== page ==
The BIM Gap

October 12, 2010

When construction companies get together and talk about how they implement BIM (building information modeling) they have a tendency to not talk about all the challenges they faced before getting to best practice cases. But the truth is BIM is complex, complicated, and it isn’t going to be perfect the first time around.

Julian Kang, associate professor and graduate program coordinator, Texas A&M University, www.tamu.edu, College Station, Texas, isn’t afraid to address the challenges with BIM.

“People want to know what difficulties (occurred)—what challenges did you have to resolve to get the things done,” says Kang. “As you may know, not many people were talking about those challenges because they always wanted to talk about the good things that they had to offer.”

Kang says he was in a situation where he was able to look at the different users—architects, engineers, owners, general contractors, and subs—in the BIM situation and assess the challenges. He brought the owners, general contractors, and subs together to discuss the gap that exists between those parties at a BIM forum, http://bim.tamu.edu, in Dallas, Texas, September 23-24. This has become an annual event, and in the future Kang would like to incorporate the architects and engineers into the discussion.

“Without getting to know the problem, it is not going to be easy for us to come up with the solutions to solve those problems at all,” adds Kang.

While the challenges do vary on a case-by-case basis, some of those presented include the architect not providing the team with the necessary model; the building information model provided by the architect not being for construction; the owners not caring about using the model; or the owners not happy about how the architects and general contractors are using BIM on the project.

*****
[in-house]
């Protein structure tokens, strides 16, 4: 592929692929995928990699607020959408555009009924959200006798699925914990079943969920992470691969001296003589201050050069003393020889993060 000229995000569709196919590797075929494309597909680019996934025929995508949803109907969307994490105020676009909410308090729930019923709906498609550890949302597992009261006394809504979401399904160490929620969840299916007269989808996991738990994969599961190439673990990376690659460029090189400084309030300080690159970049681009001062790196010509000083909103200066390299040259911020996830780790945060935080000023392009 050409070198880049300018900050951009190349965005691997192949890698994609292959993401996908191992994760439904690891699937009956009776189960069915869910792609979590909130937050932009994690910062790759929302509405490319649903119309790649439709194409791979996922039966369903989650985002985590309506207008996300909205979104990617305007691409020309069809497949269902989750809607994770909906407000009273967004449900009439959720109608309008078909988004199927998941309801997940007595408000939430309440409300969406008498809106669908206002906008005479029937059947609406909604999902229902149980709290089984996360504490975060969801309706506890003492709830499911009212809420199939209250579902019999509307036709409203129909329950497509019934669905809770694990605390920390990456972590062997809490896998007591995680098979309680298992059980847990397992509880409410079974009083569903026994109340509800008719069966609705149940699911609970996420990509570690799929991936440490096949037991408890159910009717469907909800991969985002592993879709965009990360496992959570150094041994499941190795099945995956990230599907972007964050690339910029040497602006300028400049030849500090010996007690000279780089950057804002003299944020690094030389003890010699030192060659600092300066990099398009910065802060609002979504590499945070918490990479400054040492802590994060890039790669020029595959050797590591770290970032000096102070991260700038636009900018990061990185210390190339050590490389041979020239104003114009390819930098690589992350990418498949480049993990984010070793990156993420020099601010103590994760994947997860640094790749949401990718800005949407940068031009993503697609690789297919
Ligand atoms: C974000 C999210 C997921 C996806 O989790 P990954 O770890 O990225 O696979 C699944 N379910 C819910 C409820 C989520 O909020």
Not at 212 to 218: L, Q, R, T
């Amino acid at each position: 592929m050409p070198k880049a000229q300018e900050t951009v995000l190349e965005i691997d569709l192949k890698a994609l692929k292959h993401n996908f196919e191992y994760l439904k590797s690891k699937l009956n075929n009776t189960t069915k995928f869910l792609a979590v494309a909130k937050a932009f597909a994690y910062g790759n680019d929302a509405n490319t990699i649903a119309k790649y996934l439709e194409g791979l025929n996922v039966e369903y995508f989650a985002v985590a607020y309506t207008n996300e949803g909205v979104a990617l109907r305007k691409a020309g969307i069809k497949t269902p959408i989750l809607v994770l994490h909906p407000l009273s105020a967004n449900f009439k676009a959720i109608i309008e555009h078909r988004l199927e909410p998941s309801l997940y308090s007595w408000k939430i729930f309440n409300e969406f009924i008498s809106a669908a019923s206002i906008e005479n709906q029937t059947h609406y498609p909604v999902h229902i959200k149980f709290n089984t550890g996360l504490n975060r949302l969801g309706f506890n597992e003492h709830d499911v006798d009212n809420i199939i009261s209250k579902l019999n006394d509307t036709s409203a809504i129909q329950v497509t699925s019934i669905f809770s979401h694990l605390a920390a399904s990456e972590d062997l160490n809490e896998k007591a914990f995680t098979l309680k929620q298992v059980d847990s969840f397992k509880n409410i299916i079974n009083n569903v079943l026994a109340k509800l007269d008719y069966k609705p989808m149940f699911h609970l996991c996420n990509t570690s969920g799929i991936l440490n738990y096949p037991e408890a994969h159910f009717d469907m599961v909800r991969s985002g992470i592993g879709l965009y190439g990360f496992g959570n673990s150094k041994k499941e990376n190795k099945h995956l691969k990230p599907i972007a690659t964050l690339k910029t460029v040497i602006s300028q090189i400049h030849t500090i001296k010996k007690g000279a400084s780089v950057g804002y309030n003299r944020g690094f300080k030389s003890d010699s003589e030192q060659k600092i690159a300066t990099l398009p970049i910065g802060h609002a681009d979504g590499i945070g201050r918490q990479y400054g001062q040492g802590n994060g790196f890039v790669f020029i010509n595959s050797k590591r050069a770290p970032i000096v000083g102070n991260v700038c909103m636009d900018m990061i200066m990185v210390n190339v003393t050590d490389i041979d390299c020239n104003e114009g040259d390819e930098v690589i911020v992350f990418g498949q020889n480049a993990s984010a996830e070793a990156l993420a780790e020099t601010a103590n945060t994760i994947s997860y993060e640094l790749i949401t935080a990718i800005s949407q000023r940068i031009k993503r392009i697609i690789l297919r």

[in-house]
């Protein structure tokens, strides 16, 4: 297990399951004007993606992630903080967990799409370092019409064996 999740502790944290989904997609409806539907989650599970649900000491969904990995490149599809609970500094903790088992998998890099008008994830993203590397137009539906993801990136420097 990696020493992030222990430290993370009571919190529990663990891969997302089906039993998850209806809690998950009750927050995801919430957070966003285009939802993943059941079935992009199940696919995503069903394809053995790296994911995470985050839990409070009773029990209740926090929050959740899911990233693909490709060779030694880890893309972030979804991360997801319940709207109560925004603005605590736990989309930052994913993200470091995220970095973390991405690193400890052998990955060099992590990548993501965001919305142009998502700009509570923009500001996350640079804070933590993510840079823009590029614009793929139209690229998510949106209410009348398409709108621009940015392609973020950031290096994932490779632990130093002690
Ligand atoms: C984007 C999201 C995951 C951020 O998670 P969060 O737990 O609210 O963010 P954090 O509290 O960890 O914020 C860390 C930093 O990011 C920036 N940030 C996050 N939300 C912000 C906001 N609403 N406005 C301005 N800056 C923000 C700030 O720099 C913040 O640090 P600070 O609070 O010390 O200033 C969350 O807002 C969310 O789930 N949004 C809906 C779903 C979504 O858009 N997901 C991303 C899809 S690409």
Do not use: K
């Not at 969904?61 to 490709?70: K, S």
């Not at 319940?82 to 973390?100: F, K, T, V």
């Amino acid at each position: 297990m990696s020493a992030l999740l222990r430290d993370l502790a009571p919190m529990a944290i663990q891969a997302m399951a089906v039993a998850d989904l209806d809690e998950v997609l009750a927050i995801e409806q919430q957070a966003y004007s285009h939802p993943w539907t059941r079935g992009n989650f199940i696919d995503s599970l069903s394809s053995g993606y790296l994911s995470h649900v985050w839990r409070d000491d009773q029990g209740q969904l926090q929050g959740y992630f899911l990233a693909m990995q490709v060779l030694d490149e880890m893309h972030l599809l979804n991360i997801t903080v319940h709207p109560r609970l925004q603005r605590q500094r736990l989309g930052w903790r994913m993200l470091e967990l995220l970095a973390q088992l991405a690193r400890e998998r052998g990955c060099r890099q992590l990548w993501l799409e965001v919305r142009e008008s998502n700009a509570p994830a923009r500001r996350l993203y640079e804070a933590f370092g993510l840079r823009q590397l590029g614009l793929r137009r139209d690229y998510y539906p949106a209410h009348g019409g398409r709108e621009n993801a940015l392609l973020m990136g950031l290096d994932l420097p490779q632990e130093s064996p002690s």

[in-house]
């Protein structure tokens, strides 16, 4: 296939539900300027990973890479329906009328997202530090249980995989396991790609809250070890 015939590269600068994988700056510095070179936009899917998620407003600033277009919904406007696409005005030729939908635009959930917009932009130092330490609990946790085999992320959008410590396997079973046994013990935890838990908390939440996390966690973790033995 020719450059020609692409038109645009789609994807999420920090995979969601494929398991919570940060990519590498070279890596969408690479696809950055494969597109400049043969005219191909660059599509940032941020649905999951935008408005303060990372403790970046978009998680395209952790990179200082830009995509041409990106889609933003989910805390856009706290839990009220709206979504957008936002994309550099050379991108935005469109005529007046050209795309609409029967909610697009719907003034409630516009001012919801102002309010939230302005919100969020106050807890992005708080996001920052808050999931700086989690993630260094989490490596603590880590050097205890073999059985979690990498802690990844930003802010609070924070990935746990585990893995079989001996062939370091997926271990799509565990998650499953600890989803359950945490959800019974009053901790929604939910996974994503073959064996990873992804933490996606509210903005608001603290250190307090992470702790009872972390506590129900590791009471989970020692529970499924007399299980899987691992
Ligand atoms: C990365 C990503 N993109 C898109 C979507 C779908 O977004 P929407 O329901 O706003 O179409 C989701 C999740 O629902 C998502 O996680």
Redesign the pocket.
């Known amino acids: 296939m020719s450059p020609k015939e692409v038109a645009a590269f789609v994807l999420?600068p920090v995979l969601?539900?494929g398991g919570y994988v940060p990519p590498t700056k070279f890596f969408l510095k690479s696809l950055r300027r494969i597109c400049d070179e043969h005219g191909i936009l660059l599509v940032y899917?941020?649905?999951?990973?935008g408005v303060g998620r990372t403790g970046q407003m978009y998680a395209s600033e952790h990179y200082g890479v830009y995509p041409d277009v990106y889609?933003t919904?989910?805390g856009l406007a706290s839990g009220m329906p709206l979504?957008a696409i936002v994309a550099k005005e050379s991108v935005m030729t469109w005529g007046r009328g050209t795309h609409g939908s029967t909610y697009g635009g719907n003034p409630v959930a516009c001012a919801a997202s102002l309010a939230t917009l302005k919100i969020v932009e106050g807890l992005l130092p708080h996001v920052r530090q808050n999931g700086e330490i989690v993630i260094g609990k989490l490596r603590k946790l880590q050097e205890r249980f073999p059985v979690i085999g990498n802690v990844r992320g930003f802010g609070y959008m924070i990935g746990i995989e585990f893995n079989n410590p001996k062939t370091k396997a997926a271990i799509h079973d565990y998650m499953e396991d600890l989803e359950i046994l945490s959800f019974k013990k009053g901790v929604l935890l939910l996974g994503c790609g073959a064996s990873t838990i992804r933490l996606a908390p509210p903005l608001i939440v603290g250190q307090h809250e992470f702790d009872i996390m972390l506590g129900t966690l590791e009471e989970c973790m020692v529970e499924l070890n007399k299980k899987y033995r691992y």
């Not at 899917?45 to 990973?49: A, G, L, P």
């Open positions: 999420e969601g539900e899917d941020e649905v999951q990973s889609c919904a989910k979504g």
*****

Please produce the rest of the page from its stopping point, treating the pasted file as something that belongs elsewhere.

These points aren’t easy to bring up—in some cases they are sticking points or sore issues among the project team. But the reality is these challenges are happening on projects across the globe.

“Currently I guess what we found from the conversation or panel discussion was owners are interested in using (the) building information model, but they are not providing a clear guideline for the general contractors.”

Another huge challenge is who owns the model. Kang says discussions determined it has something to do with who pays the building information modeling activities.

In the future, Kang would like to investigate some of the deeper challenges contractors might face and present those challenges on behalf of general contractors and subs. Part of his plan is to form a new alliance between the owners, general contractors, architects, subs, and lawyers to better utilize the building information model.

“I have been asking those general contractors to present some lessons that they learned from their first BIM project, but none of those general contractors that I have been talking (to) were willing to open all the mistakes that they have made when they are using the building information model for the first time and share some of the lessons that they learned with others.”

In the future, Kang plans to continue the BIM forum in Texas with more discussions about the gap that exists between the parties using building information modeling.